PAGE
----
Once spare parts are no longer attainable, obsolescence kicks in. This is a result of (for example) the original equipment manufacturer (OEM) going out of business, or the spare part no longer being manufactured. In some cases, the manufacturer might even plan and design for obsolescence so that they can introduce new products to the market. Some items may just be too costly to repair.

Obsolescence affects not only electronic equipment, but also non-electronic components. Obsolescence occurs sooner in electronic than in non-electronic equipment, which might be supportable for years, if not decades [24]. Conflict occurs when systems require life extensions but component obsolescence occurs. In the design of high-cost larger systems, the lifecycle is increasing; but the shortened manufacturing lives of critical components remains an issue.

Obsolescence affects equipment throughout its designed life through to the system's extended life. The system itself is not just affected by obsolescence, but also by the support and test equipment (S&TE), processes, standards, logistics products, and software [25, cited in 26]. "The risk of having obsolescent components varies from system to system, as the criticality of the function of the component as well as the potential consequence on limiting the operational capability of the system will differ" [1]. Once a component becomes obsolete, it may also make the application, or the next-higher assembly, obsolete [27].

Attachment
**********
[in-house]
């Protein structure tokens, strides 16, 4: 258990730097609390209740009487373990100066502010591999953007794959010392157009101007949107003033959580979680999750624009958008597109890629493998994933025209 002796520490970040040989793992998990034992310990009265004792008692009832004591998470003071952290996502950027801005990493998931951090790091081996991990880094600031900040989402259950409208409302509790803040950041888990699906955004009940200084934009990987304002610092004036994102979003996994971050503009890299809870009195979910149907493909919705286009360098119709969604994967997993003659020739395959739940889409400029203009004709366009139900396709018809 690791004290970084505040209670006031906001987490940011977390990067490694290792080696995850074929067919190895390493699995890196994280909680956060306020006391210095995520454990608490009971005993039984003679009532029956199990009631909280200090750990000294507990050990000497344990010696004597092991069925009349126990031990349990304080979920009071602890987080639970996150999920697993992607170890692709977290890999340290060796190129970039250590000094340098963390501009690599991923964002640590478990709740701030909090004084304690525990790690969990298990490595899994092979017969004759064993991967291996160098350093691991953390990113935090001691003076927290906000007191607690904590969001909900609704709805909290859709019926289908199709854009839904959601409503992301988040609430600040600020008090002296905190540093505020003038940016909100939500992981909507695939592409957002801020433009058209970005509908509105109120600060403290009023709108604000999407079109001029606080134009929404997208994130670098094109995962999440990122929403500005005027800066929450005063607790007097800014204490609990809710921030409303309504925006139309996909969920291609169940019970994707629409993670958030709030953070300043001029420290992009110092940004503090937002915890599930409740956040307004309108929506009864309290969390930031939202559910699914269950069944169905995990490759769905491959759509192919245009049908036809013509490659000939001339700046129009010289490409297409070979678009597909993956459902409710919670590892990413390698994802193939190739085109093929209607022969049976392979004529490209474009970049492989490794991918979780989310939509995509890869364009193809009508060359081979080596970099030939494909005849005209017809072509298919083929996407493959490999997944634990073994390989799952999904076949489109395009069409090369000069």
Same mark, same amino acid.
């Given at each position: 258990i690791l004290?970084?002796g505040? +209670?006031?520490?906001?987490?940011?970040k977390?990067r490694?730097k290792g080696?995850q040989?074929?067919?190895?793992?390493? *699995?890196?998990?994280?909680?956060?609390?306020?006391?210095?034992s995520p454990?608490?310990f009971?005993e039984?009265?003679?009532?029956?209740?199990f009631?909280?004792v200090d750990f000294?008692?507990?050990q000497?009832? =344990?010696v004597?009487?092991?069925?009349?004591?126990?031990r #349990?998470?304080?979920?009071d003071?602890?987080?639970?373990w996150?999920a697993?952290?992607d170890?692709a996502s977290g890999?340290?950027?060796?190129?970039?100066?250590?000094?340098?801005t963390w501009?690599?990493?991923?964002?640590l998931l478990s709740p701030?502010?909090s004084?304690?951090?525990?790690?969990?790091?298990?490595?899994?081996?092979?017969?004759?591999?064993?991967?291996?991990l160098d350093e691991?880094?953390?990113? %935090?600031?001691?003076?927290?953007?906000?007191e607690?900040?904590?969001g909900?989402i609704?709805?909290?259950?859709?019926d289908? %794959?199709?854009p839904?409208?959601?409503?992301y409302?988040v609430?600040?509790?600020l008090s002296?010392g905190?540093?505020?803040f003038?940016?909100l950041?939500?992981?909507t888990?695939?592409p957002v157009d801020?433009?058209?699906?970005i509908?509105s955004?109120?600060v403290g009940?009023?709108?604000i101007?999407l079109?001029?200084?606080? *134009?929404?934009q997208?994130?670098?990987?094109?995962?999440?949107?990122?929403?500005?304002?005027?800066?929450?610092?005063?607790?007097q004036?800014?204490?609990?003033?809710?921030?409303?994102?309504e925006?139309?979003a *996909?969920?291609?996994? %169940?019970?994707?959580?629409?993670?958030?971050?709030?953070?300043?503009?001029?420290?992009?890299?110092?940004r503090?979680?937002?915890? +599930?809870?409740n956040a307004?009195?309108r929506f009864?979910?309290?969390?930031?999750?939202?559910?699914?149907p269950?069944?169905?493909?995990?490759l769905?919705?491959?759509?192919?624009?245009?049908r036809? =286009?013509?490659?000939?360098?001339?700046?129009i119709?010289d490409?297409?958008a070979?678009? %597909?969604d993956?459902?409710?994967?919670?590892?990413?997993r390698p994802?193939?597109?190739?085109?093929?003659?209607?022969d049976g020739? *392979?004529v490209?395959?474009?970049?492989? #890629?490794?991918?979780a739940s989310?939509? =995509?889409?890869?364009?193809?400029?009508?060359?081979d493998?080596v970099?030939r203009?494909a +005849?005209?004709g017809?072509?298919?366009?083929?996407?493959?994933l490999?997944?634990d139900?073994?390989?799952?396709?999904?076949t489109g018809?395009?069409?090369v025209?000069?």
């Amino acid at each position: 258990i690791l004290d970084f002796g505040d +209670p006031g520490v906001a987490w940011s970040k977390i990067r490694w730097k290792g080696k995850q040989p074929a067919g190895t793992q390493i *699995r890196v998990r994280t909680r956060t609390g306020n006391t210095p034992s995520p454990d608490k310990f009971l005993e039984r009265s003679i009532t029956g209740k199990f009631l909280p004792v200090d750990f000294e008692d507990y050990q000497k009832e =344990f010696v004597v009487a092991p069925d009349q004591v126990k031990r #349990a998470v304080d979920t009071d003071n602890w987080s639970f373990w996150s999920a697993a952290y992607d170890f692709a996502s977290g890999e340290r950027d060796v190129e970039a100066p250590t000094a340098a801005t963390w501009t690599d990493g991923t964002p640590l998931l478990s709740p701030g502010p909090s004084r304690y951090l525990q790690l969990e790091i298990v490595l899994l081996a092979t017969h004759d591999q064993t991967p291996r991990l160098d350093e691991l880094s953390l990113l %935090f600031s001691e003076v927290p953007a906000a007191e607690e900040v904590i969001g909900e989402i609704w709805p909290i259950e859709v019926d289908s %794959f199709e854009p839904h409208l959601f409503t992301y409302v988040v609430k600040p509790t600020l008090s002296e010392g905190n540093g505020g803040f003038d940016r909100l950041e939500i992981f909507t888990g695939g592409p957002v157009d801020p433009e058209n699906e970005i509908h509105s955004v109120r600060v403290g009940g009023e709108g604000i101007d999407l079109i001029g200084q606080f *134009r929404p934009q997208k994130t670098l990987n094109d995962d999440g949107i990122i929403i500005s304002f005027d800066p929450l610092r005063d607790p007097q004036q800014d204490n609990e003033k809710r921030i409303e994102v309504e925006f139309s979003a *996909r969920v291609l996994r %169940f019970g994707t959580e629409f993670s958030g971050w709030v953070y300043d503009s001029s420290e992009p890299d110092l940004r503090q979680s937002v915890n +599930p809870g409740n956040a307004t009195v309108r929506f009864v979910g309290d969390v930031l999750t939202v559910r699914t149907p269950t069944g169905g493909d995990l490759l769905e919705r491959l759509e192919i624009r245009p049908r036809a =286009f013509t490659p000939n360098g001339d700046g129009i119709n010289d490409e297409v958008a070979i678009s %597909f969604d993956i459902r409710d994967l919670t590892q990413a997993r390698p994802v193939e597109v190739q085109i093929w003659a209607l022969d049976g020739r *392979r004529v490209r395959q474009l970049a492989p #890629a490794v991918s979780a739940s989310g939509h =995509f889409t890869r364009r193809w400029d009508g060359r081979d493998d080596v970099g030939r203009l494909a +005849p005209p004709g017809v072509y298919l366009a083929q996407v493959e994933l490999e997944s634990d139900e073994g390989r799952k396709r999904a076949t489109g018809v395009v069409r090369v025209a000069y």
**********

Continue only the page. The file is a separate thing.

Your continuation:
System support can also become obsolete, such as the necessary skills and knowledge of staff due to retirement, resignation, or dismissal. Turnover of personnel can create a competitive disadvantage for an organisation, as skills and knowledge are lost - particularly if a scarce skill set is difficult to replace.

Obsolescence often affects high technology systems and legacy systems [28]. Organisations are typically reactive to obsolescence issues instead of being proactive [29]. However, the United States (US) Defense MicroElectronics Activity (DMEA) has implemented DMSMS risk management strategies [28]. Organisations must ensure that the technology they implement is not obsolete in the short term [30]. For various reasons, a system might not necessarily be supported by the OEM throughout its life cycle, whether that be its designed life or its extended life [5].